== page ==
Sunday, February 20, 2011

A story about my sons

I have so many things I want to write about, things that will pop into my head throughout the day. But I realize I write very little about my two sons here, so I wanted to tell a story that may describe some small part of who they are. Not a really important story, just an everyday happening.

It was the night before Valentine's Day, and we were listening to Austin make plans to be with his girlfriend (of one year, bleah, but that's another story). He wanted to take her out, but one problem -- no money. He gets weekly allowance plus extras for other things, but he seems to have holes in his pockets because a few days later, it's always gone.

He came up with the idea of wining and dining her (without the wine part) here at home. One potential problem with that was my husband and I had a date of our own, at a restaurant in San Antonio, and so would not be present to supervise. However, his younger brother, Andrew, would be coming home after school with Austin. We gave it our blessing, after some thought about it. I felt confident that Austin would not do anything hugely inappropriate having to do with Katy with his brother around, though you might feel inclined to challenge my thoughts on that, given that Austin is a 16-year-old boy. But I just felt OK with it, gut level.

So then Andrew gets all excited about the prospect of creating a cafe, of sorts, for Austin's girlfriend, and possibly even cooking for the two of them. He was getting all into this role and coming up with menu items.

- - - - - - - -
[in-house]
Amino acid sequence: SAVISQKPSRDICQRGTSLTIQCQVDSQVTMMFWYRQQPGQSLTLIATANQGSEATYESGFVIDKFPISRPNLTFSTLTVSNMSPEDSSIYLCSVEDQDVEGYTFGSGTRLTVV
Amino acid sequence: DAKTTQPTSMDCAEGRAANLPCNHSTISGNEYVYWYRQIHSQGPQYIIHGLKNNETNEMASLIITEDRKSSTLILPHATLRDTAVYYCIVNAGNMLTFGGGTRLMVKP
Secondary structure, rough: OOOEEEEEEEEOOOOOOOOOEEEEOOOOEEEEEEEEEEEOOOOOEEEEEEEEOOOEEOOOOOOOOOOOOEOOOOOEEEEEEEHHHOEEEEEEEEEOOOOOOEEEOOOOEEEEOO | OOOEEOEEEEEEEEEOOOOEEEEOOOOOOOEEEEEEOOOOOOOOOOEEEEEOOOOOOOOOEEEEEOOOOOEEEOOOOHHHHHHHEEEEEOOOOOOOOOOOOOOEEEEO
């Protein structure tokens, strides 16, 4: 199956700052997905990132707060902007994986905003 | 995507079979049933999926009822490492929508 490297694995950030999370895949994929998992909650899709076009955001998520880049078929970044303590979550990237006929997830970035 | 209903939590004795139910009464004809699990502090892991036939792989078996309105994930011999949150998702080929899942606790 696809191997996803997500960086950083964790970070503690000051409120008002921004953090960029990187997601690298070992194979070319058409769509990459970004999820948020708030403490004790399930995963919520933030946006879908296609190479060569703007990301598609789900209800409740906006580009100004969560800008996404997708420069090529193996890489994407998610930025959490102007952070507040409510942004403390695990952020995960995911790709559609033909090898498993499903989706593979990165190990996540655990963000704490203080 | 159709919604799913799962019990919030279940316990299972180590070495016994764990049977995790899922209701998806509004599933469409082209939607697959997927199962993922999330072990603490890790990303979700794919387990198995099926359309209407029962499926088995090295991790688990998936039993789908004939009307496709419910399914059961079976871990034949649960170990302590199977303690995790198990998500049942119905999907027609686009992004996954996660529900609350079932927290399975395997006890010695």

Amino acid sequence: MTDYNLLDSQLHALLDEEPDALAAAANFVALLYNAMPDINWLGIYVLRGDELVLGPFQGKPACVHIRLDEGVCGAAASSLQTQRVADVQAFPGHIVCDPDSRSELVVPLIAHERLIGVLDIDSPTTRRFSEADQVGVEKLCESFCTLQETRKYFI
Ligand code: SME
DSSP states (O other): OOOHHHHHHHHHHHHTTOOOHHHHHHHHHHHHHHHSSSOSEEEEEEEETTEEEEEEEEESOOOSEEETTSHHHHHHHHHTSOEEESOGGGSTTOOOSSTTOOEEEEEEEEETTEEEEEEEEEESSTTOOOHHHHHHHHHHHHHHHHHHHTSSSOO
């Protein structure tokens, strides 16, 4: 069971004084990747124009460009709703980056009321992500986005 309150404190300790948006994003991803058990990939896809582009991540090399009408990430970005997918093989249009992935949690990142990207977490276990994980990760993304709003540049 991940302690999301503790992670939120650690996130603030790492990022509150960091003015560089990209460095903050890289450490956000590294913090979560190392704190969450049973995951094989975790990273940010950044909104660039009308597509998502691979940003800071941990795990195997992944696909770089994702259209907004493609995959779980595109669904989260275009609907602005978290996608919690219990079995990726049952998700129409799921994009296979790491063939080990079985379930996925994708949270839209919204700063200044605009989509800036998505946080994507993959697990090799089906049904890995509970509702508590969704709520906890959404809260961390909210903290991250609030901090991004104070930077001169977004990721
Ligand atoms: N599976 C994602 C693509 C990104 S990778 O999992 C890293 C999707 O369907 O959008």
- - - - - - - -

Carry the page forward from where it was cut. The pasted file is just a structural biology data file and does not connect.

(Interruption from Austin, who wanted to show me his new fastball for baseball.) He uses the side of the garage to throw at, and has a metal backboard propped up so he's not usually hitting the brick wall directly. He was trying to show me the intricacies of when the ball would curve for a curveball, but it wasn't doing what he wanted. Finally, he said, "Just two more [pitches], Mom, then you can go back to your video game." (That's a joke; he knows I don't play video games. But he also doesn't know I am blogging about him right now, heh heh.)

Andrew and Austin were coming up with names for their cafe -- Smitty's Dive, I think would have been a good one. Their favorite was "Drewsky's." By the way, it was and is a huge construction zone around here right now. Before Valentine's, we were getting ready to paint the walls in Andrew's room. So in the living room are several pieces of his furniture and all his clothes drawers, then there's a large pile of books and other miscellaneous debris in the back bedroom, etc. It's impossible to clean up around all the piles, and I haven't been home much, so it's sort of a wreck everywhere. Then after painting, it's on to installing flooring to replace the original carpet that came with the house some 17 years ago. (We refloored Austin's room but did not paint in there yet.)